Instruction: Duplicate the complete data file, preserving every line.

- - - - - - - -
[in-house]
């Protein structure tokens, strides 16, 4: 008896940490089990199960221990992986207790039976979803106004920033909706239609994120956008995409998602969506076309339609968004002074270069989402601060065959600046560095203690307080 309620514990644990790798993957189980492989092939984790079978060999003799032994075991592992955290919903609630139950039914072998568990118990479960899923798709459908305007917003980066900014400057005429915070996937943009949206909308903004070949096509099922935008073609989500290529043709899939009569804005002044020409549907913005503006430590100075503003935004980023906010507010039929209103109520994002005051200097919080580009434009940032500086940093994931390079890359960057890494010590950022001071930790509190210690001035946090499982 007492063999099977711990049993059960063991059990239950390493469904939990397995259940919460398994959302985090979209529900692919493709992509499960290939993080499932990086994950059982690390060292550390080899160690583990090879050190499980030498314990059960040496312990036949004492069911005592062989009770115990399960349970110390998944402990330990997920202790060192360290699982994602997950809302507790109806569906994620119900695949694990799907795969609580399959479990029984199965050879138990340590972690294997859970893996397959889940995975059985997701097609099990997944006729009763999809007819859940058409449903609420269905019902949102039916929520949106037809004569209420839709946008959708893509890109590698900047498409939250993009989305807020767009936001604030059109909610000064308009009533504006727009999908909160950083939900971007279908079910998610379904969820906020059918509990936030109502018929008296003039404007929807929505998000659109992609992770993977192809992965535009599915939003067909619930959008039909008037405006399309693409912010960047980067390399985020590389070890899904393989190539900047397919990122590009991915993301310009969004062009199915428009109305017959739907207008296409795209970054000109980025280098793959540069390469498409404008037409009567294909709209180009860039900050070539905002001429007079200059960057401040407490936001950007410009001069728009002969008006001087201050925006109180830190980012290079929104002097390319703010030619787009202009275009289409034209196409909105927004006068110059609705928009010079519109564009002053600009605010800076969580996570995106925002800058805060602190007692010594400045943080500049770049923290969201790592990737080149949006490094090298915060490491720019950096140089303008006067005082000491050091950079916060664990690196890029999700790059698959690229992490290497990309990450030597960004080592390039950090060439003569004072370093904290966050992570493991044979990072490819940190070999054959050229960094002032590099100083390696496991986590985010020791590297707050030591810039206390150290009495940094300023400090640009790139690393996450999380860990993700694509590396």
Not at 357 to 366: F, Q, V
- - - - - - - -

[in-house]
């Protein structure tokens, strides 16, 4: 008896940490089990199960221990992986207790039976979803106004920033909706239609994120956008995409998602969506076309339609968004002074270069989402601060065959600046560095203690307080 309620514990644990790798993957189980492989092939984790079978060999003799032994075991592992955290919903609630139950039914072998568990118990479960899923798709459908305007917003980066900014400057005429915070996937943009949206909308903004070949096509099922935008073609989500290529043709899939009569804005002044020409549907913005503006430590100075503003935004980023906010507010039929209103109520994002005051200097919080580009434009940032500086940093994931390079890359960057890494010590950022001071930790509190210690001035946090499982 007492063999099977711990049993059960063991059990239950390493469904939990397995259940919460398994959302985090979209529900692919493709992509499960290939993080499932990086994950059982690390060292550390080899160690583990090879050190499980030498314990059960040496312990036949004492069911005592062989009770115990399960349970110390998944402990330990997920202790060192360290699982994602997950809302507790109806569906994620119900695949694990799907795969609580399959479990029984199965050879138990340590972690294997859970893996397959889940995975059985997701097609099990997944006729009763999809007819859940058409449903609420269905019902949102039916929520949106037809004569209420839709946008959708893509890109590698900047498409939250993009989305807020767009936001604030059109909610000064308009009533504006727009999908909160950083939900971007279908079910998610379904969820906020059918509990936030109502018929008296003039404007929807929505998000659109992609992770993977192809992965535009599915939003067909619930959008039909008037405006399309693409912010960047980067390399985020590389070890899904393989190539900047397919990122590009991915993301310009969004062009199915428009109305017959739907207008296409795209970054000109980025280098793959540069390469498409404008037409009567294909709209180009860039900050070539905002001429007079200059960057401040407490936001950007410009001069728009002969008006001087201050925006109180830190980012290079929104002097390319703010030619787009202009275009289409034209196409909105927004006068110059609705928009010079519109564009002053600009605010800076969580996570995106925002800058805060602190007692010594400045943080500049770049923290969201790592990737080149949006490094090298915060490491720019950096140089303008006067005082000491050091950079916060664990690196890029999700790059698959690229992490290497990309990450030597960004080592390039950090060439003569004072370093904290966050992570493991044979990072490819940190070999054959050229960094002032590099100083390696496991986590985010020791590297707050030591810039206390150290009495940094300023400090640009790139690393996450999380860990993700694509590396």
Not at 357 to 366: F, Q, V